Today I’m going to talk about several tools designed for dynamics and frequency control, including the following:
- L1, L2, L3 and L3-LL
- Linear Phase Multiband and Linear Phase EQ
I know there are other special tools included in the suite that also work with dynamics and frequency processing, such as the Renaissance plugins, V-Series, and tools like Trans-X and DeEsser. Those will be discussed in future articles.
Presenting the Ultimate Wood Sound Effects Library. This massive collection of 500 wood based sound effects recorded at 24-Bit 96kHz includes: gigantic trees falling, tree bark cracks, sheets of plywood ripped apart, heavy beams dropped, logs rolling down hills, wood panel cracks and tiny branch snaps just to name a few.
This library was started in the summer of 2007 and involved recording all kinds of wood. The sessions were many and exhausting. I ventured out into the forest and recorded all sorts of wood stumps, trees, branches and twigs. Wood was rolled, cracked, snapped, dropped, thrown, dragged and hit for a wide selection of natural forest sound elements.
Other sounds include: the walls of a house being ripped apart and hit with a crowbar, A cargo box moved and shaken and a bookcase stressed and warped.
I also recorded all kinds of lumber and large cut logs in my backyard foley pit. Multiple microphones were used on many occasions to capture the dynamic quality of the wood source and they are included as separate stereo files. Mix and process these wood sounds to your hearts content. Never before has a collection of wood sound effects been available like this. Enjoy! -Frank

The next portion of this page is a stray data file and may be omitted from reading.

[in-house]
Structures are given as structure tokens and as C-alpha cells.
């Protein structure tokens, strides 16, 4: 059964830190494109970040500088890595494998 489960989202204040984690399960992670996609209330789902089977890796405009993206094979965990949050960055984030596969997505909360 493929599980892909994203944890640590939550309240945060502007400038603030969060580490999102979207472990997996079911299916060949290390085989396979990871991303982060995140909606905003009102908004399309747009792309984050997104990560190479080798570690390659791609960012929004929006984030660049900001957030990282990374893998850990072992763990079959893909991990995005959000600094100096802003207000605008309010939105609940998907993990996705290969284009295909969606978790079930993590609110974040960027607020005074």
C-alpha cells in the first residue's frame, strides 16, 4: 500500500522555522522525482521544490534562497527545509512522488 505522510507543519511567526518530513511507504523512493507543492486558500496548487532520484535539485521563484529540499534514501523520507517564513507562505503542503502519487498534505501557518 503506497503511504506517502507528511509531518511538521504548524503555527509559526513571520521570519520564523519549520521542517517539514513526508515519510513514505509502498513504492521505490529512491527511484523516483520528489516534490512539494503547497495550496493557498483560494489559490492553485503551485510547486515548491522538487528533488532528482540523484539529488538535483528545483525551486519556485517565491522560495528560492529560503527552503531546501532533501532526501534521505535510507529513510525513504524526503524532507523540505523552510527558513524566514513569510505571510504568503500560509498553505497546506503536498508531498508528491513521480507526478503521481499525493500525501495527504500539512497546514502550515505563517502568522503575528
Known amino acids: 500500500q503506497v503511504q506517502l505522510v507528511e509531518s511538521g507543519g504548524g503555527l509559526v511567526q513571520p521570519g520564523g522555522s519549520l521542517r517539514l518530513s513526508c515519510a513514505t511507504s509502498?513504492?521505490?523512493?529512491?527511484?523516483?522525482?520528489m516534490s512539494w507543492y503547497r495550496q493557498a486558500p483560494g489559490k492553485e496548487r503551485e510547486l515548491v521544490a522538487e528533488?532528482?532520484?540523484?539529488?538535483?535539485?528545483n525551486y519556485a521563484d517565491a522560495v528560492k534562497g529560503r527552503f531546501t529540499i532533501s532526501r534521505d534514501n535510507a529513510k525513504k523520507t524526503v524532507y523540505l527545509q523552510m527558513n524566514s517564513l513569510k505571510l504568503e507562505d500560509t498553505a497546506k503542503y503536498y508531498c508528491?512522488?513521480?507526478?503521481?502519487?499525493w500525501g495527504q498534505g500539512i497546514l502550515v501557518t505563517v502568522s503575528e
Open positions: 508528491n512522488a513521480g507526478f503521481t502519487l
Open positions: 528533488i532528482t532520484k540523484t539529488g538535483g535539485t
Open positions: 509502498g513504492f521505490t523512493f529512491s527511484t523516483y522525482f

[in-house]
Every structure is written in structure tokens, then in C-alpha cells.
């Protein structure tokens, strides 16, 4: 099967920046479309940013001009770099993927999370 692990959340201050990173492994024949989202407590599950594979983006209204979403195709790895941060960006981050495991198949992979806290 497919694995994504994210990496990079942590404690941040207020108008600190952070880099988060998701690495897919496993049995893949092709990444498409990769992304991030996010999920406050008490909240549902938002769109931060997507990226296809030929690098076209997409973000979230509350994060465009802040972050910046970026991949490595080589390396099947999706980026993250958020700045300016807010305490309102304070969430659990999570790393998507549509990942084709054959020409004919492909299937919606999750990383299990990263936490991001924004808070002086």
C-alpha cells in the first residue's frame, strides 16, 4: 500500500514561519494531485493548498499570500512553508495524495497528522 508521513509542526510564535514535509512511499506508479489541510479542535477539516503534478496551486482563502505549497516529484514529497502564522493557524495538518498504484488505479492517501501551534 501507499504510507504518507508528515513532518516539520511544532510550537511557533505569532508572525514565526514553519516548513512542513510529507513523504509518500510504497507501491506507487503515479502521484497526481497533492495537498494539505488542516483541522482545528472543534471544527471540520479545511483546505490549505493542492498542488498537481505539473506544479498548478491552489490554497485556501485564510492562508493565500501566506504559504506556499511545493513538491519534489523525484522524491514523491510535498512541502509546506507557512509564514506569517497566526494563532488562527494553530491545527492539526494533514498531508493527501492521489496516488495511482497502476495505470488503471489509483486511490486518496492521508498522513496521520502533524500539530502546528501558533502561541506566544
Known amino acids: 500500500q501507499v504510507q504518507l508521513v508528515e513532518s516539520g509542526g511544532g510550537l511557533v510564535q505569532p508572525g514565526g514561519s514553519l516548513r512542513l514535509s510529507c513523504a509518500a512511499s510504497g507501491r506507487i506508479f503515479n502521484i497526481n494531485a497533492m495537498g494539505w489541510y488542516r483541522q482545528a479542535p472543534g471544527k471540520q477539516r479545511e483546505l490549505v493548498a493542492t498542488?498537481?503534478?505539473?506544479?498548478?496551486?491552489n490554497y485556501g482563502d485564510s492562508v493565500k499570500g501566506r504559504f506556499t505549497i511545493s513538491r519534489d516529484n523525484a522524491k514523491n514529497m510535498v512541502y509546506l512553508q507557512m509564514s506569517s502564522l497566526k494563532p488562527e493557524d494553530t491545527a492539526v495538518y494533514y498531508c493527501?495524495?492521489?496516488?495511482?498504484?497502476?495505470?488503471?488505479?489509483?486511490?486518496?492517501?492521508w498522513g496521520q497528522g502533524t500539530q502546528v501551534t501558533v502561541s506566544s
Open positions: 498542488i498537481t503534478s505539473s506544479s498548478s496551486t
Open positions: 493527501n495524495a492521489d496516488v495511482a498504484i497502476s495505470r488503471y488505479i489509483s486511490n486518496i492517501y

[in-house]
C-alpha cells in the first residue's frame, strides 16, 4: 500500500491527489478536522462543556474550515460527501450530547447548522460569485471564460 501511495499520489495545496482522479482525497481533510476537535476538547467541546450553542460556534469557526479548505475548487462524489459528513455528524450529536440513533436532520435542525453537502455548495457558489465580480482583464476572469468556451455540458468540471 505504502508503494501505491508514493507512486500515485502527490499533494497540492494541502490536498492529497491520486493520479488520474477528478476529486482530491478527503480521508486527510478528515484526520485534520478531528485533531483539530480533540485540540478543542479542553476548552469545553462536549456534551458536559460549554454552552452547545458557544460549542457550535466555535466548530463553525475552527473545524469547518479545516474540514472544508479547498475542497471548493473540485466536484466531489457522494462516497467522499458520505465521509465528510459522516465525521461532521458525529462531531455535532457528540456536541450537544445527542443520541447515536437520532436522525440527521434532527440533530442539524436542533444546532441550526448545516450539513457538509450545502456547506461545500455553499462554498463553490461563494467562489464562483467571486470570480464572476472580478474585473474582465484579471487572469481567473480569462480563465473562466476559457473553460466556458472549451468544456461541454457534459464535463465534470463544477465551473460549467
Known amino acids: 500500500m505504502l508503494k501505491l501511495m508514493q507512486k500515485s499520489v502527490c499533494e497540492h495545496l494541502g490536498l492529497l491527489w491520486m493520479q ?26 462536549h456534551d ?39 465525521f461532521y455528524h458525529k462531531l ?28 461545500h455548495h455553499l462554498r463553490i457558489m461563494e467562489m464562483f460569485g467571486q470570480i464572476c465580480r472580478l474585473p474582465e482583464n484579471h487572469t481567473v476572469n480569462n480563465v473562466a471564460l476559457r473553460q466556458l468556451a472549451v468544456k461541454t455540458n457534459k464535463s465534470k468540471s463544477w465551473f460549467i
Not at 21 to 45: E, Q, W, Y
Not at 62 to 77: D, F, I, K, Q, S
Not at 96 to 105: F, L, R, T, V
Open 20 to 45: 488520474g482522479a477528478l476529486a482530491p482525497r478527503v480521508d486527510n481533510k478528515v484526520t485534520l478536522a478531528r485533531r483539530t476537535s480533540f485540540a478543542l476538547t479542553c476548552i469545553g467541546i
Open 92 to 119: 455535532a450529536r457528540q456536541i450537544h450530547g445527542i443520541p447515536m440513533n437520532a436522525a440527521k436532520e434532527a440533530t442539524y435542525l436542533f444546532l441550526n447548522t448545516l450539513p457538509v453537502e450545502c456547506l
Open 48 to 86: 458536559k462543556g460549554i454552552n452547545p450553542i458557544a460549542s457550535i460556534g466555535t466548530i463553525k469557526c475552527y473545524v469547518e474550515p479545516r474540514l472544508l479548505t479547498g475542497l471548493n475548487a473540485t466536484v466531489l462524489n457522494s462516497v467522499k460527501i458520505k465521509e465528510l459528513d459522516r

Ultimate Wood SFX Library – $50 | 920.5MB | 500 files | 24-Bit 96kHz | Metadata ready
This year is going fast, huh? After the great visit of Tim Walston, let’s go with another film sound special! It’s a pleasure for me to announce the visit of Peter Albrechtsen for the month of February. Peter is a true master of sound, with an incredible vision and talent. This is going to be fantastic.
Peter Albrechtsen has been a professional sound designer, sound re-recording mixer and an all around sound effects nerd for 10 years now.
If you’ve seen The Kingdom by Lars von Trier, that was actually the hospital where Peter was born 34 years ago – no wonder he later got a taste for horror films. The first love, though, was music: Coming from a home filled to the brim with records and tape recordings, it was very natural for Peter to play music and he’s been trained in classical piano and also played in several bands both as a drummer, bass player and vocalist. When one of his bands recorded an album in the early 1990’s Peter got an instant fascination for the tricks of the sound studio and when attending the European Film College in 1995/96 he started doing sound for movies, which was one of the other major interests of his youth.
Peter attended The Danish Film School from 1997 to 2001 and has since then worked on about 70 productions in both Denmark, Sweden, Norway and the US. He has worked as both production sound mixer, sound effects editor, supervising sound editor, sound designer, sound re-recording mixer and music supervisor (ooh, all these titles) and his cv includes both feature films, documentaries, short films and a couple of tv shows. Last year Peter became part of a new studio facility, tonemasters.dk, together with five colleagues but he still works freelance on different projects both back home in Copenhagen and around the world.